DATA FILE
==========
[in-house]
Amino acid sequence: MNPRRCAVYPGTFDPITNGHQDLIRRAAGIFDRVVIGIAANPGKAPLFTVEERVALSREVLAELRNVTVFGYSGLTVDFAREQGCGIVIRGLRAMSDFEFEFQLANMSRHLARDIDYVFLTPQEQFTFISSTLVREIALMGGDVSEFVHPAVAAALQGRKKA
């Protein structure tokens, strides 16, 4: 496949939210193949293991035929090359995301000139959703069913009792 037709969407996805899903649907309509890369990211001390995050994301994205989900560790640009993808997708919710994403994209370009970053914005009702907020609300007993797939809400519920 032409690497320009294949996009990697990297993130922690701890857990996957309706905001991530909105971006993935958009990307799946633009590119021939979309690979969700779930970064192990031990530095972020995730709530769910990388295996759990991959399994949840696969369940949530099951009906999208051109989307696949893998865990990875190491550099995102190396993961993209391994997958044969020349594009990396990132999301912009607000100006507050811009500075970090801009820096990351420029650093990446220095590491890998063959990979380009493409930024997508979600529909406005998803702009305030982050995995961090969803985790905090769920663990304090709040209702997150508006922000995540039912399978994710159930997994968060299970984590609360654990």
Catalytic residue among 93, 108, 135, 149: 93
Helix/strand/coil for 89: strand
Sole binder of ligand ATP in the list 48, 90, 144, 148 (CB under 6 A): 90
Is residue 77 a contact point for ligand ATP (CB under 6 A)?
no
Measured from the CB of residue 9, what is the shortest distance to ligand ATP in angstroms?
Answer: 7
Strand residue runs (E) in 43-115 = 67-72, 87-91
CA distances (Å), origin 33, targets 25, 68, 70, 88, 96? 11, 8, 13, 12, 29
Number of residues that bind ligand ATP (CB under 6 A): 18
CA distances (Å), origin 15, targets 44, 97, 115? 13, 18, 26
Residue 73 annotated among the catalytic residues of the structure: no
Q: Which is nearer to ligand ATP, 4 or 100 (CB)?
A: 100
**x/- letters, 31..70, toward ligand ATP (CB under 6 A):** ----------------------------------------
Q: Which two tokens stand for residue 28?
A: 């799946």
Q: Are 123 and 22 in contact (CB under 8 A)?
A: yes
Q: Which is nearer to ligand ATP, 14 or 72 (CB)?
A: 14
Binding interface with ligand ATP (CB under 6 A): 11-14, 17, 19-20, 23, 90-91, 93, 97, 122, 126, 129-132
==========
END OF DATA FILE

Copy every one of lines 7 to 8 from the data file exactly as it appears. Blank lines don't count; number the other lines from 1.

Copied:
Is residue 77 a contact point for ligand ATP (CB under 6 A)?
no